Filip Legein, Valorization Manager of µFlow Cell, adds: “More than 500 million people worldwide suffer from diabetes. 7% of these people get an inaccurate diagnosis due the presence of genetic variants in the blood. Vortex chromatography will not only enable more accurate diagnosis of diabetes for these patients, it will also allow to bring monitoring of the disease closer to the patient”.
About Vrije Universiteit Brussel
Vrije Universiteit Brussel is an internationally oriented university in Brussels, the heart of Europe. By providing excellent research and education on a human scale, VUB wants to make an active and committed contribution to a better society.
About UZ Brussel
UZ Brussel (University Hospital Brussels) has a staff of more than 3,800 employees. It is attached to the Faculty of Medicine and Pharmacy of the Free University of Brussels on the Brussels Health Campus in Jette. With 721 hospital beds, it accounts for 30,779 admissions of patients each year from Belgium and abroad, 412,246 consultations (emergencies not included) and 78,840 patients at the emergency care. Its philosophy is founded on three principles: Dutch-speaking, pluralist and social. As a university hospital, it also has a teaching mission and conducts scientific research. More information can be found at www.uzbrussel.be.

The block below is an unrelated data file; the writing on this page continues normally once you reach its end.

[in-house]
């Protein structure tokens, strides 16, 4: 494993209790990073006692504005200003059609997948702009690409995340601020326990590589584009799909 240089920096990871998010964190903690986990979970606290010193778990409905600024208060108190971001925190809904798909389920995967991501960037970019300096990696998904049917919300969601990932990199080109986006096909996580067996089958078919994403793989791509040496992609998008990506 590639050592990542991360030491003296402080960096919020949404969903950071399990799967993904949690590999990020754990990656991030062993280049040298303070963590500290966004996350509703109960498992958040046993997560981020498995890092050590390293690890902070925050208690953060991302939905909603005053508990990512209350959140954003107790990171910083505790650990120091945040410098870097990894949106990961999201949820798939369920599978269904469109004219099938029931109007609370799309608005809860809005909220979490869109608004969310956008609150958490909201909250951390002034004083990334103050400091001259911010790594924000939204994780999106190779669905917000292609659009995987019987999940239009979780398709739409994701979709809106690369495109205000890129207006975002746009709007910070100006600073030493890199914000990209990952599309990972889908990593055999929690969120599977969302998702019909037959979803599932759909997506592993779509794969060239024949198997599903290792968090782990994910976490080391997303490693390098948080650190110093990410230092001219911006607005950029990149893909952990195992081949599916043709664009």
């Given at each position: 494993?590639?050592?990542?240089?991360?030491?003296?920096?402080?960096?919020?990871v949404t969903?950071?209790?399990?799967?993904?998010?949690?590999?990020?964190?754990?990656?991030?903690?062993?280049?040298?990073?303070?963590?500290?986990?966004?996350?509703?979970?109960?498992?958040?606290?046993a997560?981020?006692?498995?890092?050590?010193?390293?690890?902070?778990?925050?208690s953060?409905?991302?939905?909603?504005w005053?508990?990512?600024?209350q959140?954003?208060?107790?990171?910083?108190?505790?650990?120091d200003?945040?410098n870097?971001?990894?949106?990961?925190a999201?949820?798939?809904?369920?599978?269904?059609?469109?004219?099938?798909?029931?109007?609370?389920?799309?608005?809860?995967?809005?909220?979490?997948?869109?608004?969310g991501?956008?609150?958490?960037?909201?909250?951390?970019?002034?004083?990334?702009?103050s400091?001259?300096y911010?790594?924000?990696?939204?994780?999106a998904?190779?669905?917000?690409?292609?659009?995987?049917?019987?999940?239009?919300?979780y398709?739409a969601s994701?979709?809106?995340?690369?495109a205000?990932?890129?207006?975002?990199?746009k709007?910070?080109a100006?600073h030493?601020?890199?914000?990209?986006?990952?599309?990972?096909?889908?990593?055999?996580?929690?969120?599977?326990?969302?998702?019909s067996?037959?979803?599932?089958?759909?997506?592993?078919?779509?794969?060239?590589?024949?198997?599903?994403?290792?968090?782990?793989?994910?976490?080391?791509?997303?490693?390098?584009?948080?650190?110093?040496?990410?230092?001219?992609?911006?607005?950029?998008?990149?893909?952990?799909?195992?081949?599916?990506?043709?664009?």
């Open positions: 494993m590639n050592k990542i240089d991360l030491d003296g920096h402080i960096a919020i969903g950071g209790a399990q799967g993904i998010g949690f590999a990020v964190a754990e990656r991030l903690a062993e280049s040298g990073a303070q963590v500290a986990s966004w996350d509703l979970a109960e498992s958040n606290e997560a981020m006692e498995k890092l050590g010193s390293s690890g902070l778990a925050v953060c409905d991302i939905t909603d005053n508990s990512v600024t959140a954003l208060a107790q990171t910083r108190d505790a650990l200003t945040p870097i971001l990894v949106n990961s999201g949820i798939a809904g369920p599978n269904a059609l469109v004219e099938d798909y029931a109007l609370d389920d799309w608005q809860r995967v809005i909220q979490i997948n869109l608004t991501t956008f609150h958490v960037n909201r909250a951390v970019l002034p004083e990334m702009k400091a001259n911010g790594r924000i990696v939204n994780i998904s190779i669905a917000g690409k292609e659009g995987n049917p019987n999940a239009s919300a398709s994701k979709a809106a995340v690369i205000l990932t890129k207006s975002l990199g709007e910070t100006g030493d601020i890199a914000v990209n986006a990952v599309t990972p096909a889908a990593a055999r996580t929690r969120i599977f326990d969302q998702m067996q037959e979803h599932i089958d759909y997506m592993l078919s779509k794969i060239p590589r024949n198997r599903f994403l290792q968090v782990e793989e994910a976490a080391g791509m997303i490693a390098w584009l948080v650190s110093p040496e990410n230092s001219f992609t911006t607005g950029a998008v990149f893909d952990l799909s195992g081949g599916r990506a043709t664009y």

About VUB Vice-Rectorate Innovation & Industry Relations
The mission of the Vice-Rectorate Innovation & Industry Relations is to create a positive impact on society through the valorization of scientific research. Its operational and multidisciplinary team, VUB TechTransfer, aims to connect the university’s research expertise with society-industry, together with its partners VUB Foundation and Crosstalks.
The µFlow Cell is a VUB Group of Excellence in Advanced Research (GEAR) with expertise in the design of innovative microfluidic solutions, microfabrication of microfluidic devices, and engineering of functional microparticles for medical, pharmaceutical and biotech applications. The µFlow Cell has a dedicated team of about 20 scientists and technicians with access to an internal polymer workshop as well as a new class 100 cleanroom for advanced microfabrication in glass and glass (MICROLAB).
Photonics is a major digital technology of the 21st century and the key enabling technology empowered by the unique properties of light. Photonics is at the heart of B-PHOT’s activities in its dedicated photonics research and innovation center on the Photonics Campus Gooik of VUB (Vrije Universiteit Brussel, Belgium). B-PHOT Brussels Photonics teams up a critical mass of 70 highly skilled researchers and technology experts, coached and directed by Prof. Hugo Thienpont, with a mission to jointly embrace photonics, connect the dots between photonics research, innovation, education and STEM, and establish links to other science and engineering disciplines. Our aim is to contribute with photonics to solving the current and future global challenges in sectors such as Biomedical, Industry 4.0, Agrifood, Information and Communication, Mobility, Durability, and Smart Cities, and to building a brighter and healthier world for all.